The time has come to start potty training your little boy, but where should you start? We’ve set out steps to guide you along the way!
Your baby boy is growing bigger by the day, and now it’s time for the potty training to begin. But where do you start? He wants to be a big boy and stand like daddy, and you want to keep your floors dry!
One step at a time. He had to learn to crawl before he could walk, and he has to learn to sit on the potty before he can stand. Check out our handy guide on how to potty train a boy successfully, and pick up some great tips to help you along the way.
What Time Is the Right Time to Start Potty Training?
Experts provide a pretty wide age range of the best age to potty train kids which is between 2 and 3 years old. However, in all honesty, you can’t put an age on it, as every child is different. Girls are often ready to potty train before boys, so make sure he’s ready before you begin.
Ask yourself these basic questions:
- Can he walk to and sit on the potty?
- Does he follow basic instructions?
- Can he express to you that he needs to use the potty?
- Can he stay dry for at least two continuous hours?
- Is he interested in using the potty?
- Is he interested in wearing big boy pants?
If you can answer yes to the majority of these questions, then you may want to consider starting to potty train your baby boy.
How Long Does the Potty Training Process Take?
The time that it takes will greatly depend upon his readiness and willingness to learn to potty train, and your determination to encourage and support him until he is independent doing it.
One particular study saw parents achieve a success rate of 68 percent by 36 months when they started potty training their child before 24 months old. Parents who started potty training after their child was 24 months old saw a lower 54 percent success rate by 36 months.
The study, like many others, found that girls seem to master potty training quicker than boys. So don’t feel disheartened if your friend’s little girl achieves it before your little boy!
What Are the Steps to Potty Training Your Baby Boy?
I’ve created a little step by step guide to hopefully offer you guidance along the potty training process and eliminate the many frustrations that you’re bound to have!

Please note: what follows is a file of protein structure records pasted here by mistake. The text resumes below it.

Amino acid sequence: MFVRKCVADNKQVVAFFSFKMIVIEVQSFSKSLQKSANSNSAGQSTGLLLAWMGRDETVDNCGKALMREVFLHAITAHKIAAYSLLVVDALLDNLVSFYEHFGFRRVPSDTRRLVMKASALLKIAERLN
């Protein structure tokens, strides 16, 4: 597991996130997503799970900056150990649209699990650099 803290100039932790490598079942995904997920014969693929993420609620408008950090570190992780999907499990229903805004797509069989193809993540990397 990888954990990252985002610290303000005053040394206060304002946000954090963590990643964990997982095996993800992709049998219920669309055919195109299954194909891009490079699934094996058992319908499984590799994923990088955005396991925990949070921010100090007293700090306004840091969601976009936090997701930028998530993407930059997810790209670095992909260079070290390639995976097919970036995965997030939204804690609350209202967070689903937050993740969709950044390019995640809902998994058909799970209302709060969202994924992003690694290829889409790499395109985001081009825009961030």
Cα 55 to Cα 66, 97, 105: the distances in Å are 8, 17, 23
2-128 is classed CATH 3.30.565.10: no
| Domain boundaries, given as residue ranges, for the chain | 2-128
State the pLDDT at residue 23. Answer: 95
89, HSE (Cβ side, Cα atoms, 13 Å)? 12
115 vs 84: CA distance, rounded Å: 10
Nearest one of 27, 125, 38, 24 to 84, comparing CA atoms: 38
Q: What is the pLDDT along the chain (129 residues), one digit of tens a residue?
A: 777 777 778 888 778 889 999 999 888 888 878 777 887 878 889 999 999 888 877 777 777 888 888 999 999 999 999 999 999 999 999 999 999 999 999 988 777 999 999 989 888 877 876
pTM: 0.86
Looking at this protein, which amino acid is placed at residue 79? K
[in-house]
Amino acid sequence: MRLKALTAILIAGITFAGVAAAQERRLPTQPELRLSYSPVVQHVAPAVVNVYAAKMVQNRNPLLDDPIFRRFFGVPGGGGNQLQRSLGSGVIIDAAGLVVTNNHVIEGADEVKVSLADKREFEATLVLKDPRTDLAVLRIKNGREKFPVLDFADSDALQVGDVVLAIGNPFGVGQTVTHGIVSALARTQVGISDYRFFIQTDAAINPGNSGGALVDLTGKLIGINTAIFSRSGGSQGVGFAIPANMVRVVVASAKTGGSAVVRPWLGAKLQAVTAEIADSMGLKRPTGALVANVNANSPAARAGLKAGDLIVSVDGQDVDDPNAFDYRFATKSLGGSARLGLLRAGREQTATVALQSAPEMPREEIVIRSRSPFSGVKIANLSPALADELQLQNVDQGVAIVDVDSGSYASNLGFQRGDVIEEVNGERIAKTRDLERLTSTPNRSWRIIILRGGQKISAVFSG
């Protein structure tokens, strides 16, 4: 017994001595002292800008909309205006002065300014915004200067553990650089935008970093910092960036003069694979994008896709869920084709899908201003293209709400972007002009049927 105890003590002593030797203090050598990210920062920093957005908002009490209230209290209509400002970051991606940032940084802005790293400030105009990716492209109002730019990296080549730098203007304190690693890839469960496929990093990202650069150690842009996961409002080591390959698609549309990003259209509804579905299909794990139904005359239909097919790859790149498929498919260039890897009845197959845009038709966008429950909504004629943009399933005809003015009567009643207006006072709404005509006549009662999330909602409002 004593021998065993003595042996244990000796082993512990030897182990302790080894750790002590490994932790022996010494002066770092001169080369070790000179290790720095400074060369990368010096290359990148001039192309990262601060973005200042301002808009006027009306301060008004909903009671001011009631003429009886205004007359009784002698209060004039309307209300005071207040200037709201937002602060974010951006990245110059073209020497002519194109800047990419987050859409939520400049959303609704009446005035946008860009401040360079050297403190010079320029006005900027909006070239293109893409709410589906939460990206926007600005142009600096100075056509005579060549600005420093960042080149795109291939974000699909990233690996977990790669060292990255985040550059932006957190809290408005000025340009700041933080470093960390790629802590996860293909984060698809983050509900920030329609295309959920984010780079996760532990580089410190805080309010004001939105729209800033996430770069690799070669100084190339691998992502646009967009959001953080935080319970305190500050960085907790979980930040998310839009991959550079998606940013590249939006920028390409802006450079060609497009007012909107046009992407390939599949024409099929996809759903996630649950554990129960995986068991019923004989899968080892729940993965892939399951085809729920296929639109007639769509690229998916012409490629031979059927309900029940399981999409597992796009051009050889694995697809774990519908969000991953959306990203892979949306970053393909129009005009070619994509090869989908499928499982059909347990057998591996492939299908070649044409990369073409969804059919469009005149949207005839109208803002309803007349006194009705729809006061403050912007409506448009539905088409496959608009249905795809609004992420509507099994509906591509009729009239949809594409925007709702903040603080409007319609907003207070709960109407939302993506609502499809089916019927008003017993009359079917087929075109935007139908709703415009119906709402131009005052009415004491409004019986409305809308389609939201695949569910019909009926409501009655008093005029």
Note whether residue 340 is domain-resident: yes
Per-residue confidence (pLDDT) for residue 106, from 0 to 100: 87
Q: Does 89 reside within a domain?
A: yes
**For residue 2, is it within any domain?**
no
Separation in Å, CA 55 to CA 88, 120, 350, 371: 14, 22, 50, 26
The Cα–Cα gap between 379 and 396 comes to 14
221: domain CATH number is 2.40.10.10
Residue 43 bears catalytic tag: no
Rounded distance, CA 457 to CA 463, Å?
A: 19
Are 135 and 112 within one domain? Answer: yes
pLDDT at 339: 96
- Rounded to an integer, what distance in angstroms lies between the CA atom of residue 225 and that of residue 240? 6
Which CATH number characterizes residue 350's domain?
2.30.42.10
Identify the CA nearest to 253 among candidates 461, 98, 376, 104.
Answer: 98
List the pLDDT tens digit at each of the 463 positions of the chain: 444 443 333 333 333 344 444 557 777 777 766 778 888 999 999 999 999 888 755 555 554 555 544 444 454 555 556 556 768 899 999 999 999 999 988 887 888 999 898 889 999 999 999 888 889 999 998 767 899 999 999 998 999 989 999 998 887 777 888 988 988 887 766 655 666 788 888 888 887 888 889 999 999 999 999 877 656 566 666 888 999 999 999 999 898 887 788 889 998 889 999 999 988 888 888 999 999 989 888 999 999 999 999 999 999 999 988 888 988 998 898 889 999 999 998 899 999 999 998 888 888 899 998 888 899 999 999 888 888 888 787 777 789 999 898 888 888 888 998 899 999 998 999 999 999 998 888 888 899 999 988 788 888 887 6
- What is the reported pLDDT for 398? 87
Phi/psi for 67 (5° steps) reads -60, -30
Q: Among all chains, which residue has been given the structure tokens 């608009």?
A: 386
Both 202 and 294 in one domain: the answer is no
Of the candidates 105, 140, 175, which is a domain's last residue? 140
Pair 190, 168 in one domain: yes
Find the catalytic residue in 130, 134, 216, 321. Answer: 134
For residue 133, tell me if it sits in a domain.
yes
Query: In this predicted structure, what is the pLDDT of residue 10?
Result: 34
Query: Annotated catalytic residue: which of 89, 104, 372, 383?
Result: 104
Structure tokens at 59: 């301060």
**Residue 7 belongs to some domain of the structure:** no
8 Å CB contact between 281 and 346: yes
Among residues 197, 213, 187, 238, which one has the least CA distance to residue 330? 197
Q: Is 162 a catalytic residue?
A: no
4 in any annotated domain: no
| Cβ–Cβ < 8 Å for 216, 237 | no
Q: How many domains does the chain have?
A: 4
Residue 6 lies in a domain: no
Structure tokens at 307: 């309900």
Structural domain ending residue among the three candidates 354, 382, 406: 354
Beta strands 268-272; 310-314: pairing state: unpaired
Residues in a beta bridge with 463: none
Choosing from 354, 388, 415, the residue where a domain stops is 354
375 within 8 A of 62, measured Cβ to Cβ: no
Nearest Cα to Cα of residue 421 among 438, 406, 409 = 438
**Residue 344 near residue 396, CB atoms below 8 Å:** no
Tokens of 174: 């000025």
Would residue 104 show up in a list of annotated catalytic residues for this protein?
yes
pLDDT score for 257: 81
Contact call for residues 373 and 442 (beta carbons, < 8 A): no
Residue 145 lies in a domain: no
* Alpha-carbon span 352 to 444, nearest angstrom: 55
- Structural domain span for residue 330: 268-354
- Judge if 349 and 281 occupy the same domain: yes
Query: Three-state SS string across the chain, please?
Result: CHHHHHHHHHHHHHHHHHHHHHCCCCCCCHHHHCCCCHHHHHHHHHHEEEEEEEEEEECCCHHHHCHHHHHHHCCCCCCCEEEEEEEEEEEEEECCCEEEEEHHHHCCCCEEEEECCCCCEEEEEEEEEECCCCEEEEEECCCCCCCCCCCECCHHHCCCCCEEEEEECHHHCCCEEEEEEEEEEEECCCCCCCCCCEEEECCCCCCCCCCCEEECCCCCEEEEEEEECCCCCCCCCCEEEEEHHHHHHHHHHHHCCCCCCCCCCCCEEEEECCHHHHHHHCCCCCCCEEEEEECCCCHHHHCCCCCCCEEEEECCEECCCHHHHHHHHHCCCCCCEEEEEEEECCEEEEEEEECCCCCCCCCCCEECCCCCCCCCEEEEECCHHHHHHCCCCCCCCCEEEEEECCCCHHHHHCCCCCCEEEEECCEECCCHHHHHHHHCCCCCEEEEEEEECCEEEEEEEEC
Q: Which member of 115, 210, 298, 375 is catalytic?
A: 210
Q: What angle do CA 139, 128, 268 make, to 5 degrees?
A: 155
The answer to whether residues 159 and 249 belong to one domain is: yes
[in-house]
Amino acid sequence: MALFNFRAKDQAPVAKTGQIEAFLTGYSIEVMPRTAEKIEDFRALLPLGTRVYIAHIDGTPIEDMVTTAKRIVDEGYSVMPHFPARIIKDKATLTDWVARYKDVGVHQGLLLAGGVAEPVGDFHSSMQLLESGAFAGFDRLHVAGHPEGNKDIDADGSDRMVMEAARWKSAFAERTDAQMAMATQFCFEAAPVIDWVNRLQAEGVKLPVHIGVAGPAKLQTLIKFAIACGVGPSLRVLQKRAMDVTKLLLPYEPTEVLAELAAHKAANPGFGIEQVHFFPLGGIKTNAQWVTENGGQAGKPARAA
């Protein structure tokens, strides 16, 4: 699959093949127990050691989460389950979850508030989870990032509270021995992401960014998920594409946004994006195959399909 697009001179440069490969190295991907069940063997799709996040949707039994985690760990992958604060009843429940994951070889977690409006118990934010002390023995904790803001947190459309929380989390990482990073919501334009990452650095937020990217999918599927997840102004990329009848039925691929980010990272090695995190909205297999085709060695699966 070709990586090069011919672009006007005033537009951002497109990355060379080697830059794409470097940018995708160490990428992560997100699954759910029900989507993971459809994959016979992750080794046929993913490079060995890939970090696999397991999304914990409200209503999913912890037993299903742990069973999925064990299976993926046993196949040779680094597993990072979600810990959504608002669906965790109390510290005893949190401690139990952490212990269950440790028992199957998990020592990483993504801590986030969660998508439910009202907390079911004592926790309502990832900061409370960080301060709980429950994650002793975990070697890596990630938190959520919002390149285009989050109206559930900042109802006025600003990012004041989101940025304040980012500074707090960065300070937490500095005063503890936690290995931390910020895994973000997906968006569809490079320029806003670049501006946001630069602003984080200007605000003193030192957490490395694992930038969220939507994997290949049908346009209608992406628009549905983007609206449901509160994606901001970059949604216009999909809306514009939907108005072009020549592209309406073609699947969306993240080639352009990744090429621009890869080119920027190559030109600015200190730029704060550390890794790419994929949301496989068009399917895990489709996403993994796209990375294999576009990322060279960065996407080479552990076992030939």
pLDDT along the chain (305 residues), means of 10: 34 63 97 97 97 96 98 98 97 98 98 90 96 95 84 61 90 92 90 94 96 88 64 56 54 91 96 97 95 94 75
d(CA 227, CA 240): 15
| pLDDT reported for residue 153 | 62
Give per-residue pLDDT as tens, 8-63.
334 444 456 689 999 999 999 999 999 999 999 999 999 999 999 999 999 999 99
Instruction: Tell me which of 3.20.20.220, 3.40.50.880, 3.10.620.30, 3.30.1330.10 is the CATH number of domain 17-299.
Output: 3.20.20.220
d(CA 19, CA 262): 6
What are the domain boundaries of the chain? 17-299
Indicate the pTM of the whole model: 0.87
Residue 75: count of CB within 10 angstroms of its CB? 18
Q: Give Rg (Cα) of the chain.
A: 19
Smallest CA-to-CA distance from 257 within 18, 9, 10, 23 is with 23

It will be stressful, and he will have many accidents before he masters potty training to perfection. So be prepared!
Step 1: Choose a Method
There’s loads of different potty training methods out there, and I can’t tell you which ones are right and which are wrong because ultimately it comes down to what works best for you and your little boy.
Some methods may seem a little intense, while some may appear more relaxed. Some are based on a “trial and error” approach and some are more “lead by example”. But try to choose a method and stick to it, as to not cause confusion—which could lead to more potty related accidents.
Consider the following, when choosing the best potty training method:
- The readiness of your baby boy.
- How much time you have as a parent to devote to potty training.
- Your lifestyle and how the potty training method will work around this.
While potty training methods have differences in their approaches, remember the following points that are key in every one:
- All methods focus on praising your child, and giving lots of love and affection throughout the process.
- Every method is compatible for using with rewards. Whether it be stickers, sweets or a new toy—that’s for you to decide!
- Methods should never include punishment for making accidents or getting it wrong. If your child fears the potty training process, it will only delay them in mastering it.
Step 2: Stock Up On Supplies!
If you hadn’t already guessed, you’re going to need a few extra supplies for support with a little boy compared to what you may need for a girl.
He’ll soon learn that he can aim his little winkle pretty much wherever he likes, which is why you need to make sure that he’s aiming it in the right place and not all over your toilet seat!
There’ll be plenty of laughs along the way, I’m sure! But just remember to be assertive, so he doesn’t think it’s a game or that it’s acceptable to water the plants.
Consider getting the following:
- Potty or training urinal, if you want to start with this before moving onto the toilet.
- Potty training toilet seat, that sits on the toilet and provides a smaller hole so that he can balance his little bottom.
- Splash guard to keep urine splashes inside the toilet instead of out of it!